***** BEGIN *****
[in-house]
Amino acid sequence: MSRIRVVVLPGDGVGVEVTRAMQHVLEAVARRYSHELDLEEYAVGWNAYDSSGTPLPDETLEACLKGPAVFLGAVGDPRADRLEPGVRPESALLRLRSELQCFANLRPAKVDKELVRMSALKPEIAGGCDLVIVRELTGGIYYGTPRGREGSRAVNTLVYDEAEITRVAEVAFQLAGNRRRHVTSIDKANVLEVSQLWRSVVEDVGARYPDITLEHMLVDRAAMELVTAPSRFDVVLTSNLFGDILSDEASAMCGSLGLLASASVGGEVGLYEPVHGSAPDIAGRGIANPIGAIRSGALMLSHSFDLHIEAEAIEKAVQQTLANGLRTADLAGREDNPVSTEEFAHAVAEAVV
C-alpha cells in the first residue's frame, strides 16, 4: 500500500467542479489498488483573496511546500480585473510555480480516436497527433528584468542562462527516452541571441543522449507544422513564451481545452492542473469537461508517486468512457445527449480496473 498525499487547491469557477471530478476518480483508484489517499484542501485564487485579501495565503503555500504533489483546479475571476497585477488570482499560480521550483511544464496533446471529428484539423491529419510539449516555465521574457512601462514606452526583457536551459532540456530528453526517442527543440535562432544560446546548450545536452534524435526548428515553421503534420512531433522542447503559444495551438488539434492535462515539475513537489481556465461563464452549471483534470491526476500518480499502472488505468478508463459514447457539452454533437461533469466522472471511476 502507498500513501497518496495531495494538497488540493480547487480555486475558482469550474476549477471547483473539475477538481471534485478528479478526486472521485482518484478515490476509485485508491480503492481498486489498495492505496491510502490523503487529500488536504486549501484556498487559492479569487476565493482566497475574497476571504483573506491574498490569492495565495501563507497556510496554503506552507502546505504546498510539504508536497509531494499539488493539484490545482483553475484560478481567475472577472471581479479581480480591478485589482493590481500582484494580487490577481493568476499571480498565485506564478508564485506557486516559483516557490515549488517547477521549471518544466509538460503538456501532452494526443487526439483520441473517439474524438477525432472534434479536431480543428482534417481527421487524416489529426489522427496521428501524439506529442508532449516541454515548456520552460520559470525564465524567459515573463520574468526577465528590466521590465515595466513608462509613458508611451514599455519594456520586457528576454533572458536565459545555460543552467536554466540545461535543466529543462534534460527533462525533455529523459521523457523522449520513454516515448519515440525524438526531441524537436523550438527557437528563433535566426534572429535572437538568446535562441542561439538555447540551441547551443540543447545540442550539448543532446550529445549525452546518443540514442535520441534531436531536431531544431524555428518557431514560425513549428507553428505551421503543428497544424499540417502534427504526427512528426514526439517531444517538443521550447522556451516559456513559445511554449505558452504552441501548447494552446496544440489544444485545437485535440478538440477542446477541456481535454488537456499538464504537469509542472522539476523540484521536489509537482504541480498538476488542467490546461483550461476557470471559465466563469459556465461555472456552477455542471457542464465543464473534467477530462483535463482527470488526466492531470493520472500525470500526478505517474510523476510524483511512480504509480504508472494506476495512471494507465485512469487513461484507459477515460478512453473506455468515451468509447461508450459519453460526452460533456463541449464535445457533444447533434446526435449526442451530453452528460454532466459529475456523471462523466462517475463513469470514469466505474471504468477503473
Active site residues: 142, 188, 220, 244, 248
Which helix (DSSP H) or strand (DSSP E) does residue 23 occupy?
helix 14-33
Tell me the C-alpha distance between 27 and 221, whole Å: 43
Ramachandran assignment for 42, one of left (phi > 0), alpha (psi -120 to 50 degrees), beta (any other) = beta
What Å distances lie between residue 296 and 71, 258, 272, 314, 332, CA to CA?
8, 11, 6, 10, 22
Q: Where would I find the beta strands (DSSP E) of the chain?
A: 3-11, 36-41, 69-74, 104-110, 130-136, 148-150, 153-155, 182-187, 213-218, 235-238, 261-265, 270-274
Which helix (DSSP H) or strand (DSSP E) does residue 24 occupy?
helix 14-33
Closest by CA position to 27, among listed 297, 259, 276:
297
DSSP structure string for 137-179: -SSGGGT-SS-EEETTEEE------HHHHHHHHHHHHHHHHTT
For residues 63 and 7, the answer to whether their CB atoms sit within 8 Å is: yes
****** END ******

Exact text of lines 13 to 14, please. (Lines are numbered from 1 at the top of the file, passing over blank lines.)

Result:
Which helix (DSSP H) or strand (DSSP E) does residue 24 occupy?
helix 14-33